Those Little Sinners

“Behold, children are a heritage from the Lord, the fruit of the womb a reward” – Ps. 127:3.

If I am out with my children, I am most likely to hear someone say that they are just “darlin'” or “precious” or just about any other sweet thing you could say about children.  They both have winning personalities and dazzling smiles, and they seem to be able to charm the elderly by just simply glancing their way.  In fact, we were once at a fast food restaurant, where an elderly lady approached our table and asked me if it would be all right if she spoiled my children!  Then she promptly gave both of them a dollar!

I admit, my children can be quite charming and funny, and I personally think they are quite beautiful.  But I also know their dark side.  I have seen the temper tantrums, endured the sibling rivalry, heard the slamming of the bedroom door.  I have had messes to clean up in the bathroom made by my daughter’s determination to have a “tea party” without my permission.  I have had to re-roll the toilet paper after my son has spent a moment enjoying the way it easily rolls with the turn of his hand.  I have had toys thrown at my head, scraped food off the walls, and put the whole family in time-out before we all lose our cool!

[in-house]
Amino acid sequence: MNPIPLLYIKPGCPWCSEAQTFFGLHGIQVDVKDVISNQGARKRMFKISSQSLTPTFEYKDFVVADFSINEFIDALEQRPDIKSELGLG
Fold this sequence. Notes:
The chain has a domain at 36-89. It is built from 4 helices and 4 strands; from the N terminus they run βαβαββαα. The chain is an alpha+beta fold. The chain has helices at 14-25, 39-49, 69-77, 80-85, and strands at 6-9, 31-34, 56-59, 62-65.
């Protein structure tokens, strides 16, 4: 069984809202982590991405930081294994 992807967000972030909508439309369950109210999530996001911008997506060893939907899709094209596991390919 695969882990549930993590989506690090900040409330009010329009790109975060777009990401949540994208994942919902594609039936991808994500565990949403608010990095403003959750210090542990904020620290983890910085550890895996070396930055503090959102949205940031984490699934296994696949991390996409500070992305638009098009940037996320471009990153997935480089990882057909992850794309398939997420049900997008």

So where are those “darlin’, precious” children?  Those comments usually come moments after I have had to scold them for knocking items off the shelf, broken up a fight over snacks, or threatened to leave the store and all hopes of ever having food in the house again behind.

Every day is a roller coaster day with children involved.  They can be happy and easy to get along with one moment and then suddenly lash out in rebellion the next.  As recently as when I was a child, it was considered quite acceptable to discipline your children and to expect them to be hard workers.  But now the norm seems to be to indulge the children and give them whatever they want in order to make them happy.  After all, they are just innocent, little angels, and this is “just a phase.”  They can’t help it!

Here’s the hard truth.  Are you ready for it?  I’m pretty confident you’re not going to like it, but these are God’s words, not mine:

“For all have sinned and fall short of the glory of God” – Rom. 3:23.

When I read this verse, I can’t help but realize that children are part of the “all.”  When a new baby is born, that baby is already a sinner.  They were born a sinner and are in need of a Savior.  Now I personally believe that our God is a merciful God, and I believe that if He chooses to take a baby or young child off this earth that they go to heaven to be with Him (not to hell, as many religions believe).  He is a God of compassion, and He does not expect more of us than we can give Him.

But what it does mean is that a baby can have sinful actions.  Remember those late nights when you couldn’t figure out how to console your fed, changed, howling infant?  That was their first expression of their sinful nature.  A toddler goes through the “Terrible Twos” because they are a sinner.  My four-year-old slams her door when she doesn’t get her way because she needs Christ.